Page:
BISSAU, Guinea Bissau, March 13, 2012/African Press Organization (APO)/ — An International Monetary Fund (IMF) mission led by Mr. Paulo Drummond visited Guinea-Bissau during March 1–14, 2012. The mission assessed performance for the fourth review under the Extended Credit Facility (ECF) approved in May 2010 (see Press Release No. 10/185)1, agreed with the authorities on economic policies for the remainder of 2012. The mission met with interim President Raimundo Pereira, Prime Minister Carlos Gomes Jr., Minister of Presidency of the Council of Ministers and in-office Prime Minister Adiato Djaló Nandigna, Minister of Finance José Mario Vaz, Minister of Economy Helena Embaló, National Director of the Banque Centrale des Etats de l’Afrique de l’Ouest (BCEAO) João Fadía, and other government officials. The mission also held discussions with representatives of the private sector, civil society, the donor community, and other development partners.
At the conclusion of the visit, Mr. Drummond issued the following statement:
“Guinea-Bissau made further progress in stabilizing its economy in 2011. Economic growth reached 5.3 percent, driven by exceptional prices for cashew (the predominant export) and a robust cashew harvest. Budgetary and balance of payment stability were sustained. On the inflation front, rising import prices of food and fuel pushed average headline inflation to 5 percent last year, but core inflation remained moderate.
“Performance under the ECF-supported program continues to be satisfactory. All performance criteria at end-December were observed, and most structural benchmarks for the fourth review were met. Further progress is needed in areas of extending the unification of payroll system to all ministries and preparing a plan to manage the country’s natural resources. All quantitative targets for end-December were also met. The budget outturn in 2011 was satisfactory with no recourse to domestic financing.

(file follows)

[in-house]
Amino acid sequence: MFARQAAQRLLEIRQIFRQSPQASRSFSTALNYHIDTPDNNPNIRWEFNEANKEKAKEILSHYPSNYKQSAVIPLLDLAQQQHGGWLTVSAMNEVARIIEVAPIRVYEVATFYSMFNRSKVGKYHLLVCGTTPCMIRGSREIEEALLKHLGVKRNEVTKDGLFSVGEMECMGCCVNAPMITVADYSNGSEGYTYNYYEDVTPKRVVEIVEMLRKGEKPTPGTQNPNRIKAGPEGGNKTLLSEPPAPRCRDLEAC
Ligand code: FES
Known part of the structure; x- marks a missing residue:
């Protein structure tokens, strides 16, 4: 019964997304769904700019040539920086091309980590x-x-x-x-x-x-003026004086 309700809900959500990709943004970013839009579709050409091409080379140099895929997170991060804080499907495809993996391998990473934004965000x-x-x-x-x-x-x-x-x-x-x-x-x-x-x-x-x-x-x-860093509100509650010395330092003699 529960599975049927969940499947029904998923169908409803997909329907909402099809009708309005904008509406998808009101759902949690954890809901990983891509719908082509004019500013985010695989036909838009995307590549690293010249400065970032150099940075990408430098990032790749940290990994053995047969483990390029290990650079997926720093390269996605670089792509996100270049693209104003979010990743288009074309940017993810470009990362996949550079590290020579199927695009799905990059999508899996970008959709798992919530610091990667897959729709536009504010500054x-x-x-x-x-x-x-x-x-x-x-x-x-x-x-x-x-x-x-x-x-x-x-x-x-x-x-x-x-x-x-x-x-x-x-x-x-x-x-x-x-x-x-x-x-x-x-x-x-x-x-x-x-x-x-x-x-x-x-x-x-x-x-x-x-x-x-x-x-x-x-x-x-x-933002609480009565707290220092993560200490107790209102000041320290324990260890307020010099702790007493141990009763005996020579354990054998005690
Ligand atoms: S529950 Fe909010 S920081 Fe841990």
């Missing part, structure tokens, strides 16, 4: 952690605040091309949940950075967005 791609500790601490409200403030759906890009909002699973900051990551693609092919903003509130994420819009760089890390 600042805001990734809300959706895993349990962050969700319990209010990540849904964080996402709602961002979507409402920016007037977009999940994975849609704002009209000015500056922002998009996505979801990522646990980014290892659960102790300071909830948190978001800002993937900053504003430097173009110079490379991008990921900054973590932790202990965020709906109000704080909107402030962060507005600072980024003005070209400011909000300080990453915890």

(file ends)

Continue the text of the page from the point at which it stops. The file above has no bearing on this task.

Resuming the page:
“Despite a more challenging international environment, the growth outlook for 2012 is favorable. Growth is projected to moderate to 4½ percent in 2012, reflecting a stabilization of the international cashew prices. Domestic economic activity will be supported by sustained cashew production, the restoration of the public investment program, and buoyant construction activity. Headline inflation is projected to moderate to 3½ percent driven by lower prices of food imports. However, with rising international fuel prices, inflation will remain above the West African Economic and Monetary Union (WAEMU) convergence norm. If the external environment is to weaken further, economic growth would be harmed through channels such as exports and remittances. Political stability and improved security will continue to be critical for economic activity.
“The objectives of the 2012 fiscal program are unchanged: keep current-year spending within available resources; mobilize more revenues; reduce implicit customs subsidies and exemptions; and tighten controls. However, budget execution this year is being affected by unanticipated spending pressures: the cost of the presidential election and other under-budgeted expenditures. While the additional spending has been mostly matched by higher revenue and budget support, the government identified offsetting measures to keep the overall deficit unchanged with no recourse to domestic financing. The government will closely monitor fiscal developments and it is committed to make adjustments as needed to achieve its fiscal objectives.
“Staying on course and moving ahead with economic reforms continue to be critical for sustaining growth and reducing poverty. The priorities in 2012 are deepening fiscal reforms by mobilizing more revenue and strengthening public financial management, including tax administration and debt management; improving the business climate and removing impediments to private sector development; and modernizing the public administration and improving public services.
“The IMF’s Executive Board is scheduled to consider the fourth review of Guinea-Bissau’s economic program under the ECF in June 2012. The mission looks forward to meeting with the authorities during the Spring Meetings in April and wishes to thank the Guinea-Bissau authorities and its other counterparts for the constructive and cooperative discussions that took place in Bissau.”
1 The ECF is a concessional IMF facility for low-income countries. ECF-supported programs are based on country-owned poverty reduction strategies adopted in a participatory process involving civil society and development partners and articulated in the country’s Poverty Reduction Strategy Paper. ECF loans carry a zero interest rate until end-2011 and an annual interest rate of no more than 0.5 percent thereafter. The loans are repayable over 10 years with a 5½ -year grace period on principal payments.
International Monetary Fund (IMF)